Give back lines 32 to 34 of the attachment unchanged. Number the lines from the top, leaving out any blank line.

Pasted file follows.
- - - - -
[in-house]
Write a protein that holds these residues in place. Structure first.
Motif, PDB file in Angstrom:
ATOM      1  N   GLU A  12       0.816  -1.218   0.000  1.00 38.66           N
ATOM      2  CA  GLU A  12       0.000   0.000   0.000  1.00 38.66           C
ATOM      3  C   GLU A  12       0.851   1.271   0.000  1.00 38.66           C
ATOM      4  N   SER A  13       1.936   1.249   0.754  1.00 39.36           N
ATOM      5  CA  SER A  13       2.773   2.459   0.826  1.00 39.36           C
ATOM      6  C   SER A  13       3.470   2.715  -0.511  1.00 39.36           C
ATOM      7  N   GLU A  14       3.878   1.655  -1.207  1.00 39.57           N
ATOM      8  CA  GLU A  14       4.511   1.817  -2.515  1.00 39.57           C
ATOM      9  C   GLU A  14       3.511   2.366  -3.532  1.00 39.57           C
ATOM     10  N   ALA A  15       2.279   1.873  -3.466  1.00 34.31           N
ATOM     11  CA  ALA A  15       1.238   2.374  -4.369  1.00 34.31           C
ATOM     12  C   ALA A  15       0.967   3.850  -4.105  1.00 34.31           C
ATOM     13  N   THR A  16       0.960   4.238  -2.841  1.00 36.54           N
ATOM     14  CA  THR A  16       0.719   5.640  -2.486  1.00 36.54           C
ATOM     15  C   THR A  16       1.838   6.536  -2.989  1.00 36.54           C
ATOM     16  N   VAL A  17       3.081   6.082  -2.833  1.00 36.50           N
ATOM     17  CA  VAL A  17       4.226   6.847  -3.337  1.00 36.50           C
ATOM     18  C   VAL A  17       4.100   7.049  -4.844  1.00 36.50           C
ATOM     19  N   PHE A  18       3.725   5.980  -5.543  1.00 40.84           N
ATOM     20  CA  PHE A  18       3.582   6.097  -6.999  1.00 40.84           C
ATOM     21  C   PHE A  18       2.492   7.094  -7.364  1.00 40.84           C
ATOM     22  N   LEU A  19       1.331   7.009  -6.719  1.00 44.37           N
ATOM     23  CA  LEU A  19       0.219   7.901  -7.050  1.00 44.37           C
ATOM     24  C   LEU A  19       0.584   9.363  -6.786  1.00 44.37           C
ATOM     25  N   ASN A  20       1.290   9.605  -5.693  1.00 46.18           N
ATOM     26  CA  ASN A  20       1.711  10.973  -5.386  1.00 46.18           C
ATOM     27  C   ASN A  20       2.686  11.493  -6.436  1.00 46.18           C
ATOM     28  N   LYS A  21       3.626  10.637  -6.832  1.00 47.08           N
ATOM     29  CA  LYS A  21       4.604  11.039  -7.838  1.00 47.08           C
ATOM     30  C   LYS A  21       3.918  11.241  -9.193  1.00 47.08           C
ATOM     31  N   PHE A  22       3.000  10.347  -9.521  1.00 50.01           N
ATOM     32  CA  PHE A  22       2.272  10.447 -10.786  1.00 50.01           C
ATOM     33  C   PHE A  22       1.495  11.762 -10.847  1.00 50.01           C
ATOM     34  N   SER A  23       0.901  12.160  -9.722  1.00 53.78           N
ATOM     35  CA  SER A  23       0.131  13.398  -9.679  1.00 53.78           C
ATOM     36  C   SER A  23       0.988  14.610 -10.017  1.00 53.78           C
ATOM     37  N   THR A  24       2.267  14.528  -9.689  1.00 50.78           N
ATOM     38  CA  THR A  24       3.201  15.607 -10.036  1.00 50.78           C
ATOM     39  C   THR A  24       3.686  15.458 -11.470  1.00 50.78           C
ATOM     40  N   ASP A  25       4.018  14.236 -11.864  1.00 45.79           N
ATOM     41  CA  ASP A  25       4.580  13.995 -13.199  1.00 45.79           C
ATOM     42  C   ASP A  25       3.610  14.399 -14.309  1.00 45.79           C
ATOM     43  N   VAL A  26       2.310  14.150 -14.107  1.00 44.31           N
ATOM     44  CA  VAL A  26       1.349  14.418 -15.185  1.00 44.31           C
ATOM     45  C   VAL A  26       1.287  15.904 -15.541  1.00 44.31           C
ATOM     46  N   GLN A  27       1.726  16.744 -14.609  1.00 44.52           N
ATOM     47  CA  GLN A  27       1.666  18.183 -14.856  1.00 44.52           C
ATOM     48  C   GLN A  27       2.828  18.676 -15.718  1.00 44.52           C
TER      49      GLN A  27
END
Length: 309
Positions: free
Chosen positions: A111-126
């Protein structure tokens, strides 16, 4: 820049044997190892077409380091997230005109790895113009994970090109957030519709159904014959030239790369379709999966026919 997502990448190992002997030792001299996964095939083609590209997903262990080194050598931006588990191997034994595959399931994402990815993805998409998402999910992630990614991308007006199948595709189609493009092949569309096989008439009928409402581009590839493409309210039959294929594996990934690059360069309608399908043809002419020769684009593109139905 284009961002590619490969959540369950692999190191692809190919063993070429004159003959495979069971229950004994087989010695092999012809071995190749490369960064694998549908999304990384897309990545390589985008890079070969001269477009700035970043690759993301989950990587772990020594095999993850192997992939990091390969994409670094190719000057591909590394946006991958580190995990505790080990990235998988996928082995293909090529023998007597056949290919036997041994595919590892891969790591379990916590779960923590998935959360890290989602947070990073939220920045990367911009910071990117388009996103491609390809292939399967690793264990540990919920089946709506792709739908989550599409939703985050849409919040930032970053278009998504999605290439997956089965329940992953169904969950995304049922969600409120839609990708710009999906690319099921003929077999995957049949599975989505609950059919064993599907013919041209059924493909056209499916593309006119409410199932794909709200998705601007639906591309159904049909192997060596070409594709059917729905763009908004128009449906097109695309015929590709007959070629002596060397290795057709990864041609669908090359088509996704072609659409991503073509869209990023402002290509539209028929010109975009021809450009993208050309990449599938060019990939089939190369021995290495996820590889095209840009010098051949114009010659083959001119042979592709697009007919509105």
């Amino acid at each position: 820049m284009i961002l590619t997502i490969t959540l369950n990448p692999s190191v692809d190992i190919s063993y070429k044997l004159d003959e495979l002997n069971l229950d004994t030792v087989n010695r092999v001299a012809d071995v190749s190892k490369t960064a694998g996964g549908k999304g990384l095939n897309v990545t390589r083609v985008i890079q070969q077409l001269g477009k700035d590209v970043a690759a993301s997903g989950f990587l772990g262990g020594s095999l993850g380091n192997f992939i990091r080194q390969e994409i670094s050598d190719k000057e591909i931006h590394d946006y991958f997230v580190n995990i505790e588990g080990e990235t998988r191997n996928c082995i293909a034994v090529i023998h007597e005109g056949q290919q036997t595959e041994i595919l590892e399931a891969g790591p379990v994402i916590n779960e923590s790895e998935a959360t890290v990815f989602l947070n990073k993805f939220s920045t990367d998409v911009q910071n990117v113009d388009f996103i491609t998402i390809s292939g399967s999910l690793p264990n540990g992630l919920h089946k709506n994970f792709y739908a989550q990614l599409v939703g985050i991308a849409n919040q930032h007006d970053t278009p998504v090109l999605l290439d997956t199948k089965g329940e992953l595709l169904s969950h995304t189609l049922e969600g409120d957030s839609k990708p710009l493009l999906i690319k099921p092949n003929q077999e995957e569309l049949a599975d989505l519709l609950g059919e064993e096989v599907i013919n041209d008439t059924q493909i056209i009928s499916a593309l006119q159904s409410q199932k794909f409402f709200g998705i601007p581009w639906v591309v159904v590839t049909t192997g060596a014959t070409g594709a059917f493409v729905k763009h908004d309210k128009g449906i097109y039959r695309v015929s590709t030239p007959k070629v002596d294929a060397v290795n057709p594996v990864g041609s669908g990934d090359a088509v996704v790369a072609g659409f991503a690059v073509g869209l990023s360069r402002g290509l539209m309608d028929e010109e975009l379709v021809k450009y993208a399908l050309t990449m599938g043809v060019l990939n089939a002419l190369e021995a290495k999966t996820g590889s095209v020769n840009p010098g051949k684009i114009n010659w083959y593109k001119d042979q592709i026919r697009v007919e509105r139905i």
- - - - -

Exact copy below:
ATOM     29  CA  LYS A  21       4.604  11.039  -7.838  1.00 47.08           C
ATOM     30  C   LYS A  21       3.918  11.241  -9.193  1.00 47.08           C
ATOM     31  N   PHE A  22       3.000  10.347  -9.521  1.00 50.01           N